5 | Political and Social Integration

Party system
5

Ever since the renaissance of multiparty rule in 1990, the party system has been characterized by a low degree of institutionalization and high fragmentation. Changing coalitions and the large number of small parties which have backed the presidential alliance Forces Cauris pour un Bénin émérgent (FCBE) obstruct any determination of the exact number of formally recognized parties in the National Assembly. FCBE started with close to an absolute majority in the legislature (41 of 83 seats) into the 2011 – 2015 term. Several more pro-presidential alliances, such as Alliance Cauris 2 and Foreign Affairs Minister Bako-Arifari’s Alliance Amana, provided Yayi with a safe majority leading up to the 2015 and 2016 elections. However, personal frictions between the president and several important politicians of this camp returned parliament to be a place of heavy fluctuation and uncertainty about who effectively holds a majority.

Electoral alliances remain fragile as the opposition alliance Union Makes the Nation (UN; initially 30 seats) shows. It collapsed shortly after the elections, emphasizing that the individual political parties constitute the more relevant organizational units. Party system fragmentation is somewhat countered by very moderate polarization, as indicated primarily by few programmatic differences and frequent crossing-the-floor. The further decline of those parties that were previously seen as part of a relatively stable core party system, such as the Party of Democratic Renewal (PRD), Renaissance of Benin (RB) and the Social Democratic Party (PSD), suggests high volatility in the upcoming elections. New alliances emerge, mainly surrounding the most promising presidential candidates. These new alliances, however, are largely made up of well-known parties. For example, former Yayi supporters of the Union for Democracy and National Solidarity (UDS) and the Relief Union (UPR) built the Sun Alliance to support General Robert Gbian’s campaign. The general is a newcomer on the political scene but gained political experience while serving as President Yayi’s chief military advisor from 2006 to 2012. UN alliance membership changed and now includes PSD, Key Forces (FC) and the African Movement for Development and Progress (MADEP). They aim to present a common presidential candidate from among their most experienced politicians. Likewise, former senior ministers Abdoulaye Bio Tchané and Pascal Koupaki will run with their own alliances. Reconfigurations of the party system are to be expected again following the 2016 presidential election to adapt to the electoral results. Overall, while the population is very dissatisfied with the country’s volatile and opportunistic party system, the principle of multiparty democracy, in general, is not questioned at all.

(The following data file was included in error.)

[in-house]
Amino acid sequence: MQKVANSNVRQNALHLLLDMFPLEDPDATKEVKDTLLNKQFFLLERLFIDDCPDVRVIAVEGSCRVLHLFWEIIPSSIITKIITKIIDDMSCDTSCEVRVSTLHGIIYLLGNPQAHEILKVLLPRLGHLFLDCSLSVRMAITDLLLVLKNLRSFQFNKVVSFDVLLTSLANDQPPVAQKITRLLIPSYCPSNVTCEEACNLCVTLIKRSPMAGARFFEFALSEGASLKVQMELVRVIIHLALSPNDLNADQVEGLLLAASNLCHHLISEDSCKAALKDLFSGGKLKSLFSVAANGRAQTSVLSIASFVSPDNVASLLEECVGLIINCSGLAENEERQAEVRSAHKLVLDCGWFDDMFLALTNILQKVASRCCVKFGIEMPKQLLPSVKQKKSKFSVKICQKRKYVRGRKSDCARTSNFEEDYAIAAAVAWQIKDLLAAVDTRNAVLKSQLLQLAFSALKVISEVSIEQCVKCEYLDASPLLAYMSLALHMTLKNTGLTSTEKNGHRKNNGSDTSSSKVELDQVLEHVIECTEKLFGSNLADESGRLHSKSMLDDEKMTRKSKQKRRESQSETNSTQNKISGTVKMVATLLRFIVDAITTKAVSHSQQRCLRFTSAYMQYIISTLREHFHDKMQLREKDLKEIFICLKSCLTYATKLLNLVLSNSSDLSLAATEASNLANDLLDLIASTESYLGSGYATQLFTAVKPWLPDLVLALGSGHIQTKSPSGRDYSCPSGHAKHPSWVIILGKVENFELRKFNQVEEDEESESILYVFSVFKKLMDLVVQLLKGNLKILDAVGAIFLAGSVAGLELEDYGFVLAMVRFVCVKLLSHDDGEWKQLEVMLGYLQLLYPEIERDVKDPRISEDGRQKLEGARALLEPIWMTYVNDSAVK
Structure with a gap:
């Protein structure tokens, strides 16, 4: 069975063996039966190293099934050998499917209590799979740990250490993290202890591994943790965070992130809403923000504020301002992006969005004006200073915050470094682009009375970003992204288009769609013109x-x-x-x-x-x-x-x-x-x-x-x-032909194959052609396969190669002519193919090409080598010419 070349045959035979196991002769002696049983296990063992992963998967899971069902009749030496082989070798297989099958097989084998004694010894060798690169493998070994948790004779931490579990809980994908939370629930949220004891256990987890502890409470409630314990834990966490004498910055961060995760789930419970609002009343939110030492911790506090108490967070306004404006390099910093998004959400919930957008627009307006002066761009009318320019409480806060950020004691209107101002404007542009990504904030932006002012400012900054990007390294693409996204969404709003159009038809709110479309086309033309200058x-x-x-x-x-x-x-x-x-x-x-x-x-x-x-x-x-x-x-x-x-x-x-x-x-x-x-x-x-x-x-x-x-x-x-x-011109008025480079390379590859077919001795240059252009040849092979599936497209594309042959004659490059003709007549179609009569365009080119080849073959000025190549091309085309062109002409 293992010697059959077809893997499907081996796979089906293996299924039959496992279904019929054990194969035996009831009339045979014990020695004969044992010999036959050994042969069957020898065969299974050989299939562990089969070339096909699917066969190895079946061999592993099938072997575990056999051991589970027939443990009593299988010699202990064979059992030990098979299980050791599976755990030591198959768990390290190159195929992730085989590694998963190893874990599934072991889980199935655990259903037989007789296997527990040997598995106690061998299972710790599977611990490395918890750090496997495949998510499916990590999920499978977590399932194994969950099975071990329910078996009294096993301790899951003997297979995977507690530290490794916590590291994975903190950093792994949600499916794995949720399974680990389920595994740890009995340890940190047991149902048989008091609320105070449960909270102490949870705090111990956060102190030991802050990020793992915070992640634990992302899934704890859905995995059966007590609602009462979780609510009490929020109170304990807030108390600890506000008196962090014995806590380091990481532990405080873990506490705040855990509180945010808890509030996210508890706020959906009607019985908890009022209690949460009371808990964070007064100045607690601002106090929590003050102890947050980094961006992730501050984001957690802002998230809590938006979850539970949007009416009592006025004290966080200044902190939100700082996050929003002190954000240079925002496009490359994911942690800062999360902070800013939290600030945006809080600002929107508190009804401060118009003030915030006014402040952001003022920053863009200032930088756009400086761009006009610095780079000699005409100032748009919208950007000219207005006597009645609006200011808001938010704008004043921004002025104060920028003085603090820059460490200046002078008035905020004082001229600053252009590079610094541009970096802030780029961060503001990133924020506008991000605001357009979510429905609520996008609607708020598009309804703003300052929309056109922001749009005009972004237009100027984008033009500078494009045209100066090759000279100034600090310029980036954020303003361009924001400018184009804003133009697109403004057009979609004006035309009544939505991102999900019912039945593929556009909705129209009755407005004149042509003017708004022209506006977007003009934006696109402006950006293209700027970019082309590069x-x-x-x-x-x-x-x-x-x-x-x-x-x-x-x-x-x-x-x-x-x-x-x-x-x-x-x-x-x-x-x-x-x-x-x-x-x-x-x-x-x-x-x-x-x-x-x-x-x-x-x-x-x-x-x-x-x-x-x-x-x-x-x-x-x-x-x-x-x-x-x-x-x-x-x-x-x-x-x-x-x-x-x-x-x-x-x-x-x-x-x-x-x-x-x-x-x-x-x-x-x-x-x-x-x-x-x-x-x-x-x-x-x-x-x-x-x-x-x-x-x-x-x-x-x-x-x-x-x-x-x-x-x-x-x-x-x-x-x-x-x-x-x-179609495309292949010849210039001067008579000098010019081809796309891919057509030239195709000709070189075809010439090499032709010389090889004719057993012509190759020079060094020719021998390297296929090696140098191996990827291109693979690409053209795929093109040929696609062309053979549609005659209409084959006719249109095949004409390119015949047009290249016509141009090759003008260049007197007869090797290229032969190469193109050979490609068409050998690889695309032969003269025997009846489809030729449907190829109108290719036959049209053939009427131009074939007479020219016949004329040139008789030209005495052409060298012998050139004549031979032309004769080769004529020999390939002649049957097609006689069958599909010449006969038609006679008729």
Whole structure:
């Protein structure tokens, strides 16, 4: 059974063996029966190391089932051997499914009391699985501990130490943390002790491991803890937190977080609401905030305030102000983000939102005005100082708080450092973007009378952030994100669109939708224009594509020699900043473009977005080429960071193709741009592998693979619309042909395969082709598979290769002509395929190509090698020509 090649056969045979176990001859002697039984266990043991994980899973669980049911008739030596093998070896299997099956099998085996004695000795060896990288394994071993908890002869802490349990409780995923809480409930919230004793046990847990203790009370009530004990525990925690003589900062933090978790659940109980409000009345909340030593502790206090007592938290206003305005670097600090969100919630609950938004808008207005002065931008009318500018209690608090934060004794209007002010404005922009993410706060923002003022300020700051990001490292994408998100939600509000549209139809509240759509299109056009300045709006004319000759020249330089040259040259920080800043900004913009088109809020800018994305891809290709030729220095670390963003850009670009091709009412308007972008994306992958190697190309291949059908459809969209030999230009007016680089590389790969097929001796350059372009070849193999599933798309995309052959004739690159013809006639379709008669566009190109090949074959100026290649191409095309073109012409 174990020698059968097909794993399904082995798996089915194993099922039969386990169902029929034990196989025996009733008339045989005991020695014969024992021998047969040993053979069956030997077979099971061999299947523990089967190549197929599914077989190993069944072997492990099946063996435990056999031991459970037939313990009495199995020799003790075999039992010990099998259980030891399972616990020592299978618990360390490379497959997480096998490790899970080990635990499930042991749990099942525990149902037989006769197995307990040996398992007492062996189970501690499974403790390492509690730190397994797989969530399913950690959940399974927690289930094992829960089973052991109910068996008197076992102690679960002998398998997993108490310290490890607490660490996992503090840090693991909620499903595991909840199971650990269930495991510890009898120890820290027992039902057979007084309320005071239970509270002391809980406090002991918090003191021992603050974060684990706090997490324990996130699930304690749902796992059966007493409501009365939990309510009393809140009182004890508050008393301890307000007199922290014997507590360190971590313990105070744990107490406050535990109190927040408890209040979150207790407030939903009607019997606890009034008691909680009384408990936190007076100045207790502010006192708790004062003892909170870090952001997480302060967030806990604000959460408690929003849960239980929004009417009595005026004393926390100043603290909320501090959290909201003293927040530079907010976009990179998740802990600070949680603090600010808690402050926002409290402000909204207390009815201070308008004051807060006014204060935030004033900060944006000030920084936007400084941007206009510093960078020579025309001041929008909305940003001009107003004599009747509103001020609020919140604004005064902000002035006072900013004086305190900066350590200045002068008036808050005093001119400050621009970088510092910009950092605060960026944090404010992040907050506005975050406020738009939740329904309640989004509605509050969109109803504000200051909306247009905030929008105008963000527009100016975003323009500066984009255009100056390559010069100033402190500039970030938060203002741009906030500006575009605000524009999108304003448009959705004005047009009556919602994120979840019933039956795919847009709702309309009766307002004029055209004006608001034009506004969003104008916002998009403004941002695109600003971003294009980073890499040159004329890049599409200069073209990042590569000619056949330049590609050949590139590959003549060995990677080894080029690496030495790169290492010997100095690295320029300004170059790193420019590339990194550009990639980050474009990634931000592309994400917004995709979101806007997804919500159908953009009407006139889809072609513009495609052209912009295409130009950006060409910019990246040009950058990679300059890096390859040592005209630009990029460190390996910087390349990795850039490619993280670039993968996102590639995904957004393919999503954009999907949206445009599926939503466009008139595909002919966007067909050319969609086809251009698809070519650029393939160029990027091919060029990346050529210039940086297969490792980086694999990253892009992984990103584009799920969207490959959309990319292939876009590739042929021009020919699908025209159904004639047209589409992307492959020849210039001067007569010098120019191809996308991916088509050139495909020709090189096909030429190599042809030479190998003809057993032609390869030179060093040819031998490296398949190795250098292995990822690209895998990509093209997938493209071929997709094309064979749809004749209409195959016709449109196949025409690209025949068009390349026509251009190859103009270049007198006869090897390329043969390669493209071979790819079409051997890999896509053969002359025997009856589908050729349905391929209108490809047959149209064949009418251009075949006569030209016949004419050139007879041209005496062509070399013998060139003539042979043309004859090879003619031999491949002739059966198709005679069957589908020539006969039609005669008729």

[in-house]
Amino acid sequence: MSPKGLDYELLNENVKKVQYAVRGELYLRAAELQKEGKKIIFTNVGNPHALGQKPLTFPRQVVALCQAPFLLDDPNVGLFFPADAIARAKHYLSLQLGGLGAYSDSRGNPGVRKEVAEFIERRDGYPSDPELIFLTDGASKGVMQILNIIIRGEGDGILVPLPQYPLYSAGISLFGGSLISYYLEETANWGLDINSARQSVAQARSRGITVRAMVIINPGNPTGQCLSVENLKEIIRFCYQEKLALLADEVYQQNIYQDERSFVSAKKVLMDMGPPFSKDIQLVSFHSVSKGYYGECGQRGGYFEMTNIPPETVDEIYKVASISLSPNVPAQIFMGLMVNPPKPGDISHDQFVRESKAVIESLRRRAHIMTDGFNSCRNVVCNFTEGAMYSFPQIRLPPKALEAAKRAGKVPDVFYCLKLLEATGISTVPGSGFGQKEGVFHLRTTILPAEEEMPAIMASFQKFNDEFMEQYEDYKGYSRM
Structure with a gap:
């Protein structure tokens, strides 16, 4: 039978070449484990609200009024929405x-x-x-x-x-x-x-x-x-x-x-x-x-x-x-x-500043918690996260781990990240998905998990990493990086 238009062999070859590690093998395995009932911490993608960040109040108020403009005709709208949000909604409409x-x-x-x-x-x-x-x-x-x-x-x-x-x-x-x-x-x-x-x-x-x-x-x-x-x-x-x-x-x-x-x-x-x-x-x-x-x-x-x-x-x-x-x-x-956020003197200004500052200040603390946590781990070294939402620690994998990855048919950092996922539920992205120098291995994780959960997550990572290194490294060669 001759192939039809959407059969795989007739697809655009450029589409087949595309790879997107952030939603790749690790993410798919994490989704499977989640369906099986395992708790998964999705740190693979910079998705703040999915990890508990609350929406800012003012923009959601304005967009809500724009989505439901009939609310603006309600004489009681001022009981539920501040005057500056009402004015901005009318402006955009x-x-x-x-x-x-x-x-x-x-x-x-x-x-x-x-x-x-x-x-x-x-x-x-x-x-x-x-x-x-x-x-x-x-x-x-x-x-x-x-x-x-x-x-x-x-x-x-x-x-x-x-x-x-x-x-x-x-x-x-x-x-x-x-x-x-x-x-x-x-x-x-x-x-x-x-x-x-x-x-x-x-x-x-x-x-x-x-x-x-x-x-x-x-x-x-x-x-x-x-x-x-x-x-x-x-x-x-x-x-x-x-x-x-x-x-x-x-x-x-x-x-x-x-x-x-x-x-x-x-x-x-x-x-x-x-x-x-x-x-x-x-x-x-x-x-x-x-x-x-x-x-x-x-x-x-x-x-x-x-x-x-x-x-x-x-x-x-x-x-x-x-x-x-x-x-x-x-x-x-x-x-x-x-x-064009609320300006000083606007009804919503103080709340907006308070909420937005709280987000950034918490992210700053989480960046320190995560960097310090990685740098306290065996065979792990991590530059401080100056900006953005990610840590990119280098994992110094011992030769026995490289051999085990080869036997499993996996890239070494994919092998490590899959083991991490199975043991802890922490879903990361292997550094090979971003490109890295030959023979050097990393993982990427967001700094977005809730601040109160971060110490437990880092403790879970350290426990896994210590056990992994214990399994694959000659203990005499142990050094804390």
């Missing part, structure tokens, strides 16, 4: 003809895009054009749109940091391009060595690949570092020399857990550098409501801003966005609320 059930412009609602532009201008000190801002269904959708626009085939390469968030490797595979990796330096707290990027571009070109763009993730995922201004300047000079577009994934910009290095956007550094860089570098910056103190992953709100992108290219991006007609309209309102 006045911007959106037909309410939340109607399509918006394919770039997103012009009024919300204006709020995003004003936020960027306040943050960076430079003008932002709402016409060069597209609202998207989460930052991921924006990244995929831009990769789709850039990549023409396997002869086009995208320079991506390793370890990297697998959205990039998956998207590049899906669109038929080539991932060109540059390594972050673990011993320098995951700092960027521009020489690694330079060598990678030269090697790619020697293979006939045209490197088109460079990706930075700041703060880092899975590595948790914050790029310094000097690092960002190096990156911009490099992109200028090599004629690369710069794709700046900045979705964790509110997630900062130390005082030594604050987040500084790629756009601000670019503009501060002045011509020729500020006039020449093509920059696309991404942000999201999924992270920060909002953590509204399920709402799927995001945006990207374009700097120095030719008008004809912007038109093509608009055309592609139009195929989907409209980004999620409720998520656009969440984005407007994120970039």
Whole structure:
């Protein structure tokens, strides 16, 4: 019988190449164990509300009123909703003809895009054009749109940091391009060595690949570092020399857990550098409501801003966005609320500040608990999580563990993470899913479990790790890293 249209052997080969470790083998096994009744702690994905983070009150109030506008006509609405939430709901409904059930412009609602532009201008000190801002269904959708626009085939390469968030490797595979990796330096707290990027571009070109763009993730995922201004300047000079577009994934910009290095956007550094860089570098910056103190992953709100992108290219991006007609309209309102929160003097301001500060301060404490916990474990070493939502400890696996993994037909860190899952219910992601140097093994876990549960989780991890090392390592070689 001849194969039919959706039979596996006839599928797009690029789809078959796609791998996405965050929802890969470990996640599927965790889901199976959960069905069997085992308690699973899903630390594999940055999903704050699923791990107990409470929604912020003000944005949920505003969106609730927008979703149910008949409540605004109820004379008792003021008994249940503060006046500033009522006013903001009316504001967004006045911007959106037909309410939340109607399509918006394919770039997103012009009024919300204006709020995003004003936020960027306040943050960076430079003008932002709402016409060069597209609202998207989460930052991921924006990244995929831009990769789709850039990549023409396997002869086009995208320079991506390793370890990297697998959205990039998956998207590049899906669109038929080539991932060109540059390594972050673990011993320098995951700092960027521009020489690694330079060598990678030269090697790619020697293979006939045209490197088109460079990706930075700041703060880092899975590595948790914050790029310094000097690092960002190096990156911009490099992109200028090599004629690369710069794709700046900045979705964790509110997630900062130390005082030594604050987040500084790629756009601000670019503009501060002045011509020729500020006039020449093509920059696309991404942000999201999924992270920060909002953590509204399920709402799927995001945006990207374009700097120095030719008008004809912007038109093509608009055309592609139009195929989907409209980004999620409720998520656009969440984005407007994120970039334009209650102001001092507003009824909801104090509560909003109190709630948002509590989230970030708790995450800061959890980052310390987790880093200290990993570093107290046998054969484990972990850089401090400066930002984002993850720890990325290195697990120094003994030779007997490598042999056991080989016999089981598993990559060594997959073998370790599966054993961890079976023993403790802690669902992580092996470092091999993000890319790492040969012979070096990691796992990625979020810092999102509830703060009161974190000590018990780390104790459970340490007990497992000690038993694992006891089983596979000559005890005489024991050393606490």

Interest groups
8

The topography of interest groups is relatively close-knit, though not all interests are equally represented. Rural and urban interests do translate into the party system and explain the astonishingly high number of political parties. However, urban interests combined with personal rent-seeking are over-represented. Trade unions have been very strong since the Marxist-Leninist period. In April 2014, they were able to use strike actions to drive the government into a 26% increase in the minimum wage despite the tight national budget. Most formal employees represented by the trade unions work in the public sector. However, even the informal traders who account for 70% of non-commercial gasoline consumption (Kpayo) have a kind of trade union whose representatives negotiate with government. The NGO sector is highly dependent on foreign capital, but urban civil society has a considerable impact on the political process. The tone of protest further harshened during the period under review. The Citizens’ Alternative (AC) became the most vocal political movement. AC organized the Red Wednesday campaign in straightforward opposition to the president’s policies. Patrice Talon’s legal councilor was among the leaders of AC, underlining the political position of the movement. However, other parts of civil society are satisfied with the current situation. Most NGOs are less political and work in relative calm in the interest of the association’s aims, but also often in the material interests of the association’s leadership.

Approval of democracy
9